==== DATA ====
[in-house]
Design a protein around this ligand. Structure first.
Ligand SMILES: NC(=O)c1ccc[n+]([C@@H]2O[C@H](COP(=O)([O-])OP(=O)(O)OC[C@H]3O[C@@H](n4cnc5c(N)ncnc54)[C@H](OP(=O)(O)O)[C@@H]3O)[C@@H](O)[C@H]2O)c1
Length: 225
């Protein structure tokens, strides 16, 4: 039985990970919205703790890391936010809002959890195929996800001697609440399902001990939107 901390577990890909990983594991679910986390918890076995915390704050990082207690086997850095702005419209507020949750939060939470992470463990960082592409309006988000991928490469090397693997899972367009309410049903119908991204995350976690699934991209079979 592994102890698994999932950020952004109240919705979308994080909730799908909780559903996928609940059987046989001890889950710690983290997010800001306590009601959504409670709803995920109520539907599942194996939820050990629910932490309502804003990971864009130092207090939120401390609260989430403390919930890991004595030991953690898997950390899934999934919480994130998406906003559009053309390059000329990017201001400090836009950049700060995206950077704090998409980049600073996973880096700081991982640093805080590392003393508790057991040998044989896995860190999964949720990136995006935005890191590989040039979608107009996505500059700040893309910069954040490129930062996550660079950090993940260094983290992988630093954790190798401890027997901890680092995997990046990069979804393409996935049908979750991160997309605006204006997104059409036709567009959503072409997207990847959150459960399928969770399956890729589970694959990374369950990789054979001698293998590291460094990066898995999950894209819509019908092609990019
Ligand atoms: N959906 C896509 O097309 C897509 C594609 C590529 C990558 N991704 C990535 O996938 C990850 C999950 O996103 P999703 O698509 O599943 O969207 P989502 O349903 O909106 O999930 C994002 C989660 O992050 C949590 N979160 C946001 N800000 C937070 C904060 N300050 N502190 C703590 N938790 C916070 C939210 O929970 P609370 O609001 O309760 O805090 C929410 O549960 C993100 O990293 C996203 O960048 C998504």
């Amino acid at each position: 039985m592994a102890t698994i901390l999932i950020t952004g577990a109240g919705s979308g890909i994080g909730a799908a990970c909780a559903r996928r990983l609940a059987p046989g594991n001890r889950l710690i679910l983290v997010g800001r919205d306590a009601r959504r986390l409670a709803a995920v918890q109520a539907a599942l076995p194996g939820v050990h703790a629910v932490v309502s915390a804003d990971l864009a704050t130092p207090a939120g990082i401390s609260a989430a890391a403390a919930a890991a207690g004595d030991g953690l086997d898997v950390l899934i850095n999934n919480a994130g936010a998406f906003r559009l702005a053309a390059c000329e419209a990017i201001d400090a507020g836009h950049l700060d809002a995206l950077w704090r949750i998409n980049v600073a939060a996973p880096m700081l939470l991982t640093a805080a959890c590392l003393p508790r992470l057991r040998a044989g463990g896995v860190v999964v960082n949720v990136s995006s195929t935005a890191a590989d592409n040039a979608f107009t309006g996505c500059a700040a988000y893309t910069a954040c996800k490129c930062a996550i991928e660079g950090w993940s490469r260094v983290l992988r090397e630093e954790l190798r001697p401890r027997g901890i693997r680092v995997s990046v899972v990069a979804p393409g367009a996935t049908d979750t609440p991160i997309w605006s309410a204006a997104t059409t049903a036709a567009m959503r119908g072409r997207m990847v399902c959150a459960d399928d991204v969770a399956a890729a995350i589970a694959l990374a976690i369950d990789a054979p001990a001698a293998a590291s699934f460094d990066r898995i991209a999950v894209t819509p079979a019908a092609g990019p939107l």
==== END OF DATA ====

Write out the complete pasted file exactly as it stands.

[in-house]
Design a protein around this ligand. Structure first.
Ligand SMILES: NC(=O)c1ccc[n+]([C@@H]2O[C@H](COP(=O)([O-])OP(=O)(O)OC[C@H]3O[C@@H](n4cnc5c(N)ncnc54)[C@H](OP(=O)(O)O)[C@@H]3O)[C@@H](O)[C@H]2O)c1
Length: 225
């Protein structure tokens, strides 16, 4: 039985990970919205703790890391936010809002959890195929996800001697609440399902001990939107 901390577990890909990983594991679910986390918890076995915390704050990082207690086997850095702005419209507020949750939060939470992470463990960082592409309006988000991928490469090397693997899972367009309410049903119908991204995350976690699934991209079979 592994102890698994999932950020952004109240919705979308994080909730799908909780559903996928609940059987046989001890889950710690983290997010800001306590009601959504409670709803995920109520539907599942194996939820050990629910932490309502804003990971864009130092207090939120401390609260989430403390919930890991004595030991953690898997950390899934999934919480994130998406906003559009053309390059000329990017201001400090836009950049700060995206950077704090998409980049600073996973880096700081991982640093805080590392003393508790057991040998044989896995860190999964949720990136995006935005890191590989040039979608107009996505500059700040893309910069954040490129930062996550660079950090993940260094983290992988630093954790190798401890027997901890680092995997990046990069979804393409996935049908979750991160997309605006204006997104059409036709567009959503072409997207990847959150459960399928969770399956890729589970694959990374369950990789054979001698293998590291460094990066898995999950894209819509019908092609990019
Ligand atoms: N959906 C896509 O097309 C897509 C594609 C590529 C990558 N991704 C990535 O996938 C990850 C999950 O996103 P999703 O698509 O599943 O969207 P989502 O349903 O909106 O999930 C994002 C989660 O992050 C949590 N979160 C946001 N800000 C937070 C904060 N300050 N502190 C703590 N938790 C916070 C939210 O929970 P609370 O609001 O309760 O805090 C929410 O549960 C993100 O990293 C996203 O960048 C998504």
């Amino acid at each position: 039985m592994a102890t698994i901390l999932i950020t952004g577990a109240g919705s979308g890909i994080g909730a799908a990970c909780a559903r996928r990983l609940a059987p046989g594991n001890r889950l710690i679910l983290v997010g800001r919205d306590a009601r959504r986390l409670a709803a995920v918890q109520a539907a599942l076995p194996g939820v050990h703790a629910v932490v309502s915390a804003d990971l864009a704050t130092p207090a939120g990082i401390s609260a989430a890391a403390a919930a890991a207690g004595d030991g953690l086997d898997v950390l899934i850095n999934n919480a994130g936010a998406f906003r559009l702005a053309a390059c000329e419209a990017i201001d400090a507020g836009h950049l700060d809002a995206l950077w704090r949750i998409n980049v600073a939060a996973p880096m700081l939470l991982t640093a805080a959890c590392l003393p508790r992470l057991r040998a044989g463990g896995v860190v999964v960082n949720v990136s995006s195929t935005a890191a590989d592409n040039a979608f107009t309006g996505c500059a700040a988000y893309t910069a954040c996800k490129c930062a996550i991928e660079g950090w993940s490469r260094v983290l992988r090397e630093e954790l190798r001697p401890r027997g901890i693997r680092v995997s990046v899972v990069a979804p393409g367009a996935t049908d979750t609440p991160i997309w605006s309410a204006a997104t059409t049903a036709a567009m959503r119908g072409r997207m990847v399902c959150a459960d399928d991204v969770a399956a890729a995350i589970a694959l990374a976690i369950d990789a054979p001990a001698a293998a590291s699934f460094d990066r898995i991209a999950v894209t819509p079979a019908a092609g990019p939107l």